San Lorenzo Historic District

san lorenzo historic district new mexico historic preservation division national archives 1987 oneThis photograph is looking north across the Mimbres Valley towards the San Lorenzo Historic District. (The photograph was provided courtesy of the New Mexico Historic Preservation Division and The U S National Archives and Records Administration, 1987.)

In 1987, the State of New Mexico and local folks asked the Federal government to designate much of San Lorenzo as an historic district. The U S government agreed and the San Lorenzo Historic District was created in 1988.

The District includes lands along "...the west side of Galaz Street and two blocks east of Galaz [Street] from one-half block south of G Street to one-half block north of D Street," according to the Nomination Form for inclusion in the National Register of Historic Places submitted by the State of New Mexico Historic Preservation Division.

"Nearly all buildings in the District are constructed of adobe walls and corrugated metal roofs and fall into the New Mexico Vernacular category," the Nomination Form detailed. "...N. Y. Ancheta established San Lorenzo in 1869. Ancheta was originally from Sonora and most of the other settlers [then from Pinos Altos] were [originally] from the State of Chihuahua. They dug an irrigation ditch that first year to water this the widest portion of the Mimbres Valley. The village was located just above the irrigation ditch, beside the most desirable location in the valley…The linear organization of the settlement along Galaz Street is typical of many, if not most, Hispanic farming villages of the period in northern Mexico and Hispanic New Mexico."

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San Lorenzo

The Chronicles Of Grant County

san lorenzo steve douglas december 16 2012 65san lorenzo steve douglas december 16 2012 65San Lorenzo is a rural community in eastern Grant County. "The Mimbres River is behind the tree line and Acklin Hill is in the background," according to the caption for this photograph of San Lorenzo. (The photograph was provided through Flickr by Steve Douglas, December 16, 2012.) [Editor's Note: The editor manipulated this photo to get rid of the over saturation and unreal colors.]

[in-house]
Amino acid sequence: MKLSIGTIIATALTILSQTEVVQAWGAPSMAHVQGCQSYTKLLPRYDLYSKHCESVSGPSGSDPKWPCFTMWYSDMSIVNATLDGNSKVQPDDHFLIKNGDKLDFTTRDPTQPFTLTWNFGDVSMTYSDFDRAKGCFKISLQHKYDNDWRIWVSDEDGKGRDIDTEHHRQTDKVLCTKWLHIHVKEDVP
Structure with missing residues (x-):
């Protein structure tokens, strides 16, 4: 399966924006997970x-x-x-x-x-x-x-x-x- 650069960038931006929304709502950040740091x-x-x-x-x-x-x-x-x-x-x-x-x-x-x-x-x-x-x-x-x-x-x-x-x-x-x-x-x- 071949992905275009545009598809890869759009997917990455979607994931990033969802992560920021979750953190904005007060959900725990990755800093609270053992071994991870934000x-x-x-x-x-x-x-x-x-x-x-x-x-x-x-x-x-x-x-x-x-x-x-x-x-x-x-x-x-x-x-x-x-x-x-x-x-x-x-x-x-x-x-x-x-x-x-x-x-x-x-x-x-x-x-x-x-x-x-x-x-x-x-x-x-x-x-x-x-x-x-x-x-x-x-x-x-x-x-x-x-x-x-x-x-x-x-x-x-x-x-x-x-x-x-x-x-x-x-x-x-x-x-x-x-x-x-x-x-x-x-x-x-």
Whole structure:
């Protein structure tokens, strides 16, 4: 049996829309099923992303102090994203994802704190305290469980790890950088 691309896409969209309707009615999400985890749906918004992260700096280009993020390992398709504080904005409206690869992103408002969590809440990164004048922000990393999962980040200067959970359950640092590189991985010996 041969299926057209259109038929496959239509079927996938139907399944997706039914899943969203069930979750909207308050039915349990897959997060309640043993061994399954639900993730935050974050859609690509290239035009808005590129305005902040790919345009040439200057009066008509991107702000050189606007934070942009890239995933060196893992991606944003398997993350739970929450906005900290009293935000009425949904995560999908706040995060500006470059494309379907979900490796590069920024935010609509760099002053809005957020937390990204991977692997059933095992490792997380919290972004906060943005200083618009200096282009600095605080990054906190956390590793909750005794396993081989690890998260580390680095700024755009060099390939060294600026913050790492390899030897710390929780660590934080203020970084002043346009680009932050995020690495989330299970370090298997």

San Lorenzo is a small community located in eastern Grant County. The community's name is the Spanish wording for "Saint Lawrence." Prior to the community's establishment, this area was part of the Apache Nation.

Approximately eighty acres of land in the area are included in the San Lorenzo Historic District. The Nomination Form for San Lorenzo to be considered for inclusion in the National Register of Historic Places, a form submitted on September 10, 1987, by the State of New Mexico, stated that "The mining towns of Pinos Altos and Silver City, established in the early 1860s, are the only permanent settlements in Grant County which predate the occupation of the Mimbres Valley in 1869 and 1870."

According to the Nomination Form, San Lorenzo was founded by a group of nineteen miners and their families from Pinos Altos in 1869. At that time, the Nomination Form stated that an irrigation ditch was built and farming began here in the upper Mimbres Valley. "Corn, potatoes and vegetables were the first major food stuffs," according to this document. "Hay and alfalfa were widely grown for livestock to supplement the gramma grass of the surrounding hills. Apples, peaches, grapes and other fruit began to be planted in the early 1870s."

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Scholarships – Part Four

The Chronicles Of Grant County

Scholarships – Part Four

scholarships part four

One of the largest sources of scholarships in the United States are scholarships provided by the Federal government to students receiving an education at the U S military service academies. Young people who are American citizens living in Grant County may want to consider these educational opportunities. Congressional nominations as well as nominations by the Vice President of the U S are required for consideration to be admitted to three of the five military service academies: the United States Military Academy in West Point, New York; the United States Air Force Academy, north of Colorado Springs, Colorado; and the United States Naval Academy in Annapolis, Maryland. Congressional nominations are required for consideration to be admitted to the U S Merchant Marine Academy in Kings Point, New York. The U S Coast Guard Academy, located in New London, Connecticut, does not require congressional nominations or nominations from the Vice President as part of its admissions process.

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2020 Census Part Three

The Chronicles Of Grant County

2020 Census
Part Three

grant county municipalities usgs 2021 3 50This map shows the location of a number of communities in Grant County. Seven of the eighteen census designated places are circled in green. (The image was provided courtesy of the United States Geological Survey, 2021.)